Before too long, the reader learns about Pushpa's failing health. She was once referred to as "the coughing woman" because she was constantly sick enough to cough, yet not ill enough to throw out onto the street. Yet that changes when her illness becomes so grave that she stays in bed for days and occasionally coughed up blood. When Mumtaz could no longer see a reason to keep her- as she became so ill that no man would wish to lay with her, Pushpa and Harish were thrown out on the street. Yet Mumtaz offered to take in the girl- saying that she would be taken care of until she could start earning for Mumtaz just as her mother before her had done. Pushpa sat on the edge of her bed with her head in her hands for the entire day until Harish came home. And without even speaking a single word, they packed their small tin trunk that they had kept under the bed, and left Happiness House forever. Character Descriptions Pushpa Character Description Harish Character Description Mumtaz Character Description Street Boy Character Description Stepfather Harish is Pushpa's eight year old son. He wears a David Beckham jersey and has hair that sticks up in the back of his head, and knees as knobby as those of a “baby goat”, according to Lakshmi. He lives in the brothel with his sister and his mother; going to school by day, and coming home at night, back to Happiness House to fly kites or run errands for the girls, such as getting them certain things, sometimes earning a rupee or two!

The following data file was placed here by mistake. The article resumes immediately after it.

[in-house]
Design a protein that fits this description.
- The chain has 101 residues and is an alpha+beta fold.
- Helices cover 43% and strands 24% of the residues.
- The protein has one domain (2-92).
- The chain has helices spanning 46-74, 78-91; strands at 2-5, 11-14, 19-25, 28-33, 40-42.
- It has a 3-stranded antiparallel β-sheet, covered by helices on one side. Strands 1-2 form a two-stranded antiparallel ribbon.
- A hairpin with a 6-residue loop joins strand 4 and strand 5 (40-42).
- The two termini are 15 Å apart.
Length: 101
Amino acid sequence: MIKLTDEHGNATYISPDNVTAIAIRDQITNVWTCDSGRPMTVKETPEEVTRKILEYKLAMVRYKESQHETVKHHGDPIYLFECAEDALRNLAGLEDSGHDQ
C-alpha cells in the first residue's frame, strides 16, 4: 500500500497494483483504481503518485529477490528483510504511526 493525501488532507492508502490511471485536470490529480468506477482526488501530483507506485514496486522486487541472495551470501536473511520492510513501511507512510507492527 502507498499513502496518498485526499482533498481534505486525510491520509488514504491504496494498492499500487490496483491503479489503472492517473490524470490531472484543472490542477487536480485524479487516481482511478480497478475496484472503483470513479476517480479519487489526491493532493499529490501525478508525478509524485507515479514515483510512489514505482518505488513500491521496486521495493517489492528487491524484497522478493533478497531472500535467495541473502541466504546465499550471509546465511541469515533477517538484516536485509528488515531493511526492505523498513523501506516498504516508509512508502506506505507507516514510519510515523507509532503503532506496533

Despite his surroundings, and the burdens that he carries- like how he has to care for his mother, who’s health is constantly questioned and severely delicate, and how he has to withstand the taunting of the cruel boys who mock him because his mother is forced to be a prostitute so that he may go to like they do; Harish is, or at least appears to be, a very happy boy. He plays soccer and worships David Beckham; he goes to school and learns English- it's a semi- normal life that he is grateful for. This is why Lakshmi is so jealous of him; while she suffers day in and day out, he can find happiness in the same place she finds despair.
She tries to find her happiness too by distracting herself with learning- she steals Harish's English storybook and drowns in the contents, relishing every moment of freedom as she gets lost in the pages of a place far, far away from Happiness House- all the while being careful that the book's owner doesn't walk in on her. Until one day, she pours too deeply into the book, and Harish finds her sprawled on the floor with his book when he comes back from school; she says nothing and runs.